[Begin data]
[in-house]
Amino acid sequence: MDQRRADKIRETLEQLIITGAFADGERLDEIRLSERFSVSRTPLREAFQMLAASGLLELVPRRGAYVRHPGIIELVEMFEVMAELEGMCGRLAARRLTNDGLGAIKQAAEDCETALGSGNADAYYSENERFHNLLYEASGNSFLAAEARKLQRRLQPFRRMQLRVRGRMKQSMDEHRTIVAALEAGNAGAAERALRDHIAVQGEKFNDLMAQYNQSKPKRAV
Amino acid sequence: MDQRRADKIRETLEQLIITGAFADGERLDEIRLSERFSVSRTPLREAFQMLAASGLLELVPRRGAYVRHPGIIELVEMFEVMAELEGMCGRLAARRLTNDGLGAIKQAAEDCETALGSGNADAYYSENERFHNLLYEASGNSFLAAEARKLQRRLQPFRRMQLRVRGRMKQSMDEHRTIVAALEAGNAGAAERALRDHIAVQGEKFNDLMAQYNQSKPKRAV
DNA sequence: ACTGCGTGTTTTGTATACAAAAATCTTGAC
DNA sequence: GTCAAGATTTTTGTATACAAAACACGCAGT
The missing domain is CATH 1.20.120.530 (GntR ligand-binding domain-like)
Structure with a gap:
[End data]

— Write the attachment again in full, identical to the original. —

[in-house]
Amino acid sequence: MDQRRADKIRETLEQLIITGAFADGERLDEIRLSERFSVSRTPLREAFQMLAASGLLELVPRRGAYVRHPGIIELVEMFEVMAELEGMCGRLAARRLTNDGLGAIKQAAEDCETALGSGNADAYYSENERFHNLLYEASGNSFLAAEARKLQRRLQPFRRMQLRVRGRMKQSMDEHRTIVAALEAGNAGAAERALRDHIAVQGEKFNDLMAQYNQSKPKRAV
Amino acid sequence: MDQRRADKIRETLEQLIITGAFADGERLDEIRLSERFSVSRTPLREAFQMLAASGLLELVPRRGAYVRHPGIIELVEMFEVMAELEGMCGRLAARRLTNDGLGAIKQAAEDCETALGSGNADAYYSENERFHNLLYEASGNSFLAAEARKLQRRLQPFRRMQLRVRGRMKQSMDEHRTIVAALEAGNAGAAERALRDHIAVQGEKFNDLMAQYNQSKPKRAV
DNA sequence: ACTGCGTGTTTTGTATACAAAAATCTTGAC
DNA sequence: GTCAAGATTTTTGTATACAAAACACGCAGT
The missing domain is CATH 1.20.120.530 (GntR ligand-binding domain-like)
Structure with a gap: